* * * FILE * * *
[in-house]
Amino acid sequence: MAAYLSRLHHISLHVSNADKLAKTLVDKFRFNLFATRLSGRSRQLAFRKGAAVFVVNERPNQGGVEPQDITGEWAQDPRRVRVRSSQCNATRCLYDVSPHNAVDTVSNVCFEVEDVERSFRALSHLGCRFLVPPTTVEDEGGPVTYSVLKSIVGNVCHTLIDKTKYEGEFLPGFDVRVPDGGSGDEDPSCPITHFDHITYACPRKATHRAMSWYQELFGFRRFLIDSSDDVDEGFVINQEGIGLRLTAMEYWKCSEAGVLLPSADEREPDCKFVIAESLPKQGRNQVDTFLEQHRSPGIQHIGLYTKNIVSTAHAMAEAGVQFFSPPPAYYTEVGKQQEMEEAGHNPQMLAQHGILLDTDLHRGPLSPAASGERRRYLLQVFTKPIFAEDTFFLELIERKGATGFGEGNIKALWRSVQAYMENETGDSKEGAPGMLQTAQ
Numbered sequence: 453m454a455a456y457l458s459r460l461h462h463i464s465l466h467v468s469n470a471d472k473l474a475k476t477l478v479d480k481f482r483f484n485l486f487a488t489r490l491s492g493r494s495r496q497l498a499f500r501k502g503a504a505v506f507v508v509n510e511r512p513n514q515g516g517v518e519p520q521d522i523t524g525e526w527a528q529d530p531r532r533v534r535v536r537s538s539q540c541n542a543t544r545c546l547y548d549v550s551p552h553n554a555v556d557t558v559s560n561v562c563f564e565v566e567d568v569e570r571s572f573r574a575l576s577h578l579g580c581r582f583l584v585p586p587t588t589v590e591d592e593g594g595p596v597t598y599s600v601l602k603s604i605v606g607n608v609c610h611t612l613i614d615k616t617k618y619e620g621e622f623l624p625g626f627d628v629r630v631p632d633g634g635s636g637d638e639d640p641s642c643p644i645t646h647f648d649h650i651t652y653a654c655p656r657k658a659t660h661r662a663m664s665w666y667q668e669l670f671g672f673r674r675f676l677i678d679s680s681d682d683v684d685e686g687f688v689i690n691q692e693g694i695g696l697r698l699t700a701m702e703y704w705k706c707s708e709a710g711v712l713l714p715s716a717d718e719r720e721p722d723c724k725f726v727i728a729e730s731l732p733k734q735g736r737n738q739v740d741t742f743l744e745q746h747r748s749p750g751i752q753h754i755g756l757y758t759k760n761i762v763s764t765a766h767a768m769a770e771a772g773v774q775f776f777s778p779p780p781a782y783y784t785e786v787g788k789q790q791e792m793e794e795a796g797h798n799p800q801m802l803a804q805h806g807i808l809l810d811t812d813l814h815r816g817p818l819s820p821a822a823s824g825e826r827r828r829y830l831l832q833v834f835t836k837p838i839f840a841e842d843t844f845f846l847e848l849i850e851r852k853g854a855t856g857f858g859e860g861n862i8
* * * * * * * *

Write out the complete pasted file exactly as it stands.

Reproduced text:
[in-house]
Amino acid sequence: MAAYLSRLHHISLHVSNADKLAKTLVDKFRFNLFATRLSGRSRQLAFRKGAAVFVVNERPNQGGVEPQDITGEWAQDPRRVRVRSSQCNATRCLYDVSPHNAVDTVSNVCFEVEDVERSFRALSHLGCRFLVPPTTVEDEGGPVTYSVLKSIVGNVCHTLIDKTKYEGEFLPGFDVRVPDGGSGDEDPSCPITHFDHITYACPRKATHRAMSWYQELFGFRRFLIDSSDDVDEGFVINQEGIGLRLTAMEYWKCSEAGVLLPSADEREPDCKFVIAESLPKQGRNQVDTFLEQHRSPGIQHIGLYTKNIVSTAHAMAEAGVQFFSPPPAYYTEVGKQQEMEEAGHNPQMLAQHGILLDTDLHRGPLSPAASGERRRYLLQVFTKPIFAEDTFFLELIERKGATGFGEGNIKALWRSVQAYMENETGDSKEGAPGMLQTAQ
Numbered sequence: 453m454a455a456y457l458s459r460l461h462h463i464s465l466h467v468s469n470a471d472k473l474a475k476t477l478v479d480k481f482r483f484n485l486f487a488t489r490l491s492g493r494s495r496q497l498a499f500r501k502g503a504a505v506f507v508v509n510e511r512p513n514q515g516g517v518e519p520q521d522i523t524g525e526w527a528q529d530p531r532r533v534r535v536r537s538s539q540c541n542a543t544r545c546l547y548d549v550s551p552h553n554a555v556d557t558v559s560n561v562c563f564e565v566e567d568v569e570r571s572f573r574a575l576s577h578l579g580c581r582f583l584v585p586p587t588t589v590e591d592e593g594g595p596v597t598y599s600v601l602k603s604i605v606g607n608v609c610h611t612l613i614d615k616t617k618y619e620g621e622f623l624p625g626f627d628v629r630v631p632d633g634g635s636g637d638e639d640p641s642c643p644i645t646h647f648d649h650i651t652y653a654c655p656r657k658a659t660h661r662a663m664s665w666y667q668e669l670f671g672f673r674r675f676l677i678d679s680s681d682d683v684d685e686g687f688v689i690n691q692e693g694i695g696l697r698l699t700a701m702e703y704w705k706c707s708e709a710g711v712l713l714p715s716a717d718e719r720e721p722d723c724k725f726v727i728a729e730s731l732p733k734q735g736r737n738q739v740d741t742f743l744e745q746h747r748s749p750g751i752q753h754i755g756l757y758t759k760n761i762v763s764t765a766h767a768m769a770e771a772g773v774q775f776f777s778p779p780p781a782y783y784t785e786v787g788k789q790q791e792m793e794e795a796g797h798n799p800q801m802l803a804q805h806g807i808l809l810d811t812d813l814h815r816g817p818l819s820p821a822a823s824g825e826r827r828r829y830l831l832q833v834f835t836k837p838i839f840a841e842d843t844f845f846l847e848l849i850e851r852k853g854a855t856g857f858g859e860g861n862i8